SACRAMENTO (CBS13) – It was a very busy Saturday in Sacramento with a series of big events around town.

Things kicked off at the Capital Mall Saturday morning for the 34th annual Sacramento Pride Parade, which organizers called a “party with a purpose.”

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Thousands came out to honor the community and to recognize their hard work in the fight for equality, as people marched with banners promoting equal rights and solidarity.

Allison Vankuiken, the program director of Equality California, said the message of unity was especially directed at younger member of the LGBTQ community.“They are welcomed, they are loved. And they have a place to go. And a place to be,” said Vankuiken.

“They are welcomed, they are loved. And they have a place to go. And a place to be,” said Vankuiken.

Among those who marched was Sacramento Mayor Darrell Steinberg.

“We march to reaffirm our commitment to equality for the LGBTQ community and all people. And, we march to recommit to engaging in the fight because the work is never done,” he said.

Some say there was a cloud over this year’s Rainbow Flag, the symbol of the LGBTQ community, as President Trump refused to proclaim June as Pride Month, which organizers says has had an impact on this year’s event.

“The rhetoric coming out of Washington right now is really toxic, and we what want to promote here is tolerance and acceptance. We want to show that Sacramento is a welcoming community,” explained Patrick Harbison, Sacramento LGBT Community Center board member.

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The parade was followed by a huge block party at the Capital Mall, attended by thousands, out to enjoy live music, food stalls and art.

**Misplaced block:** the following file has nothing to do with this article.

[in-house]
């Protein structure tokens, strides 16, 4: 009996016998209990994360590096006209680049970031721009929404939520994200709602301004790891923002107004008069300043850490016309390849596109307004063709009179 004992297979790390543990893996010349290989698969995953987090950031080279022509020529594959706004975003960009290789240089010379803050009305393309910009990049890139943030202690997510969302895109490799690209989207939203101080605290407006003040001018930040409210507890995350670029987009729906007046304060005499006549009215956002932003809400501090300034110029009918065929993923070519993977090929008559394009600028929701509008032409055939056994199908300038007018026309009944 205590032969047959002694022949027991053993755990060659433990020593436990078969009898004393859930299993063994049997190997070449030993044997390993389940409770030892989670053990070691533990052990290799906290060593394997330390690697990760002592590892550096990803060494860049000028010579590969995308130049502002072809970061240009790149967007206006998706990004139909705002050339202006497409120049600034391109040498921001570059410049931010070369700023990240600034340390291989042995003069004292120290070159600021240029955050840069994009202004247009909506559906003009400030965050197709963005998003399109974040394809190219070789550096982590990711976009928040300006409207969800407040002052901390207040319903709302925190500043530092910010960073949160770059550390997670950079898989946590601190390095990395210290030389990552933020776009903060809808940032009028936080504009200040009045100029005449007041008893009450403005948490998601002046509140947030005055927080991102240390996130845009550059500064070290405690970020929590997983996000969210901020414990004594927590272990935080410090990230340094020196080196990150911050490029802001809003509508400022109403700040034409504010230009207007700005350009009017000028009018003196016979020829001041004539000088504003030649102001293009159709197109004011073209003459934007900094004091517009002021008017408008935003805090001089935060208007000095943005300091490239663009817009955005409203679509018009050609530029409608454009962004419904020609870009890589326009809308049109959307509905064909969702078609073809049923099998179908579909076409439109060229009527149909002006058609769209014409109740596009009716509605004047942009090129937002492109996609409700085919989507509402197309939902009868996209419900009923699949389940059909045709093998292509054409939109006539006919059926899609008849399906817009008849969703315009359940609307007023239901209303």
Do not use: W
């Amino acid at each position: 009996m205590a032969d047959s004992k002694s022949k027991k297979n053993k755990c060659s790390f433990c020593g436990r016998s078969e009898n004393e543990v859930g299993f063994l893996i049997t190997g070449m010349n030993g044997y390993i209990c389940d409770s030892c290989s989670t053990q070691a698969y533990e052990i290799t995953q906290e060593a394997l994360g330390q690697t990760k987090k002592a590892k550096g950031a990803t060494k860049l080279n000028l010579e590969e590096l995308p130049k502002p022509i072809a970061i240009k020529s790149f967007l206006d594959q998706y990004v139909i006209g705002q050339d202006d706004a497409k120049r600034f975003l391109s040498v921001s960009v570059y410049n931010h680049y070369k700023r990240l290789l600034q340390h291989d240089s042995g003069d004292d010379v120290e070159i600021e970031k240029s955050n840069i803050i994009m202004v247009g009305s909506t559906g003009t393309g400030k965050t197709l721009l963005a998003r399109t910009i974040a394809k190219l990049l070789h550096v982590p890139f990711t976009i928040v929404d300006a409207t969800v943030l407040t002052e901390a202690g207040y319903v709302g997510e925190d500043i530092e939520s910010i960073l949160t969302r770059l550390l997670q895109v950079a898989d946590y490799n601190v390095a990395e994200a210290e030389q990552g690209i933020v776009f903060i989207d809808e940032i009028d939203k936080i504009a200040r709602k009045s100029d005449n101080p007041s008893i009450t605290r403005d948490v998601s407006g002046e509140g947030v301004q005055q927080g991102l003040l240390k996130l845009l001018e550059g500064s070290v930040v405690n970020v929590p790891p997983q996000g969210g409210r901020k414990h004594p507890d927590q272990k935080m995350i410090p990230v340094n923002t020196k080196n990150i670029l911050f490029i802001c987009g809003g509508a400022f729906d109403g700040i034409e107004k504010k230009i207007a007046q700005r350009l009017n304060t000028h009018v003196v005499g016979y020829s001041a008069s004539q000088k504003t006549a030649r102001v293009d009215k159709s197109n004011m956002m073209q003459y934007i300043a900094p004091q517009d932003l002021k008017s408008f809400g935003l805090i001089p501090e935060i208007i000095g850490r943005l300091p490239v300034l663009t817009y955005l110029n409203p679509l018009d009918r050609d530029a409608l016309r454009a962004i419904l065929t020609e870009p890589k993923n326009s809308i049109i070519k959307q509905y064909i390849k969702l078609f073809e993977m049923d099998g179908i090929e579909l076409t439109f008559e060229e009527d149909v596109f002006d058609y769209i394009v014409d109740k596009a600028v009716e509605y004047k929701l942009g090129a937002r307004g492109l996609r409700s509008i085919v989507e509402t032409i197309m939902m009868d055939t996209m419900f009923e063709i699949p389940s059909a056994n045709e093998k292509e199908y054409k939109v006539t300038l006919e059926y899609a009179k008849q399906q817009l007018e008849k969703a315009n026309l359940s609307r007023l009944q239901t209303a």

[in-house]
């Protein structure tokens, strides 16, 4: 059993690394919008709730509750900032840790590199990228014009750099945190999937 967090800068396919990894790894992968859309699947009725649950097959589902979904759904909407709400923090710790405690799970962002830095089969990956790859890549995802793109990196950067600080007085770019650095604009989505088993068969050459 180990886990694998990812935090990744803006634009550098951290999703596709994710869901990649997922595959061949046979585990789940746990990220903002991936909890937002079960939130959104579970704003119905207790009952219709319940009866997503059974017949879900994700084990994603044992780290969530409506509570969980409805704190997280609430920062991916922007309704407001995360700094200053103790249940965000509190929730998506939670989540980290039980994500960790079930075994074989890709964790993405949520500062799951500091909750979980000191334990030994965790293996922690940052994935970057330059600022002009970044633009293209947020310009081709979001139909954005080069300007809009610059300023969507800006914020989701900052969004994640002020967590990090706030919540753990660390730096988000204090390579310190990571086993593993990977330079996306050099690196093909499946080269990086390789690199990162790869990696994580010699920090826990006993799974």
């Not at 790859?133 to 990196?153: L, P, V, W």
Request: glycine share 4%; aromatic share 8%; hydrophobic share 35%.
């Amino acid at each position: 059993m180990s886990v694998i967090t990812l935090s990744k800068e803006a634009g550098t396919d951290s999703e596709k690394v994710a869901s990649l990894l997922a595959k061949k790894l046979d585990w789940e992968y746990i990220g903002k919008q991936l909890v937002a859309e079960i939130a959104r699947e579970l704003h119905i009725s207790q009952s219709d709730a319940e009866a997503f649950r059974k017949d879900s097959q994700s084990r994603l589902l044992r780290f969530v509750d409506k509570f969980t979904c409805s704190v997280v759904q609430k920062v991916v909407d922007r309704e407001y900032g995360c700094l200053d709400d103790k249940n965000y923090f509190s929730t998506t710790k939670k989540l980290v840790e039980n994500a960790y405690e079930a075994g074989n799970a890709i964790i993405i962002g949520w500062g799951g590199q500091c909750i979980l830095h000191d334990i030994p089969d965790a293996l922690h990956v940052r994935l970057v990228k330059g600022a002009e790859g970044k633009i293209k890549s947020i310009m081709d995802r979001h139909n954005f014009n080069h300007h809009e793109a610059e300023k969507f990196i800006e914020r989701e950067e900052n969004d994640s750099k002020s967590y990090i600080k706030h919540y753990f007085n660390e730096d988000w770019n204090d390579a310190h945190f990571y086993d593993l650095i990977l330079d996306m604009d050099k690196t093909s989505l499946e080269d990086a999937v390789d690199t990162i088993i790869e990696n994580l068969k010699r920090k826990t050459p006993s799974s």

A few blocks away at Cesar Chavez Plaza, hundreds came out for another annual tradition: Grand Tasting. It brings together local vineyards and restaurants to showcase their respective wines and food.

Micah Kemp, from Fair Oaks, says he has been coming for years. “

I always try something new that I haven’t had before. I like talking to the different vendors, seeing where they are. They are mostly like Amador County and local wineries. It’s fantastic!” he said.

And as sunset fell over the state capital, about 100 or so people gathered at the steps of the California State Capitol for the March For Truth, an event that was held in over 130 cities around the U.S. and in some European cities. They are calling for an independent, bipartisan commission into President Trump’s alleged ties with Russia.

Mart Hanna, one of the local organizers, is encouraged at how political the Sacramento region has become and believes the message is being heard in Washington.

“It remains to be seen exactly how, but I definitely think it is. I think we’ve made a huge difference. I really do. And we will continue to,” she said.

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